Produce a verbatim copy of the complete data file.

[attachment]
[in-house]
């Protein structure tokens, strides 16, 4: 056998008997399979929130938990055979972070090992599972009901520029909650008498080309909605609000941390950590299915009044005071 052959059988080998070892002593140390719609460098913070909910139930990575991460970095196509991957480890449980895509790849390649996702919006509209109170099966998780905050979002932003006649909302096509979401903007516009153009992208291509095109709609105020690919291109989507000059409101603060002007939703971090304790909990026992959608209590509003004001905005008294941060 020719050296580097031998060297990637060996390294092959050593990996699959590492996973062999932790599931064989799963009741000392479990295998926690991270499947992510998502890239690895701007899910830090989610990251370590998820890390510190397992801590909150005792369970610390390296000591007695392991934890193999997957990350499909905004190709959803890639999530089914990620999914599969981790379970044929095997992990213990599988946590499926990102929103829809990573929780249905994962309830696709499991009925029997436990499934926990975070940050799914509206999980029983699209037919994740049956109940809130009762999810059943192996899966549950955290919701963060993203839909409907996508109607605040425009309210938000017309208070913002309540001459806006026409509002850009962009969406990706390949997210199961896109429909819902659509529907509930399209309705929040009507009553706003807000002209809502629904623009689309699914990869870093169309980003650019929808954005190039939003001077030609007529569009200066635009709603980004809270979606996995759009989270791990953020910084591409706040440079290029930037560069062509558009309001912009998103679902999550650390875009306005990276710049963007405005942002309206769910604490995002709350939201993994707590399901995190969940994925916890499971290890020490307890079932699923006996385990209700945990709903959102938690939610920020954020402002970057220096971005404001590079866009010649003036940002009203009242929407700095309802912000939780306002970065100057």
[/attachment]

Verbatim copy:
[in-house]
């Protein structure tokens, strides 16, 4: 056998008997399979929130938990055979972070090992599972009901520029909650008498080309909605609000941390950590299915009044005071 052959059988080998070892002593140390719609460098913070909910139930990575991460970095196509991957480890449980895509790849390649996702919006509209109170099966998780905050979002932003006649909302096509979401903007516009153009992208291509095109709609105020690919291109989507000059409101603060002007939703971090304790909990026992959608209590509003004001905005008294941060 020719050296580097031998060297990637060996390294092959050593990996699959590492996973062999932790599931064989799963009741000392479990295998926690991270499947992510998502890239690895701007899910830090989610990251370590998820890390510190397992801590909150005792369970610390390296000591007695392991934890193999997957990350499909905004190709959803890639999530089914990620999914599969981790379970044929095997992990213990599988946590499926990102929103829809990573929780249905994962309830696709499991009925029997436990499934926990975070940050799914509206999980029983699209037919994740049956109940809130009762999810059943192996899966549950955290919701963060993203839909409907996508109607605040425009309210938000017309208070913002309540001459806006026409509002850009962009969406990706390949997210199961896109429909819902659509529907509930399209309705929040009507009553706003807000002209809502629904623009689309699914990869870093169309980003650019929808954005190039939003001077030609007529569009200066635009709603980004809270979606996995759009989270791990953020910084591409706040440079290029930037560069062509558009309001912009998103679902999550650390875009306005990276710049963007405005942002309206769910604490995002709350939201993994707590399901995190969940994925916890499971290890020490307890079932699923006996385990209700945990709903959102938690939610920020954020402002970057220096971005404001590079866009010649003036940002009203009242929407700095309802912000939780306002970065100057």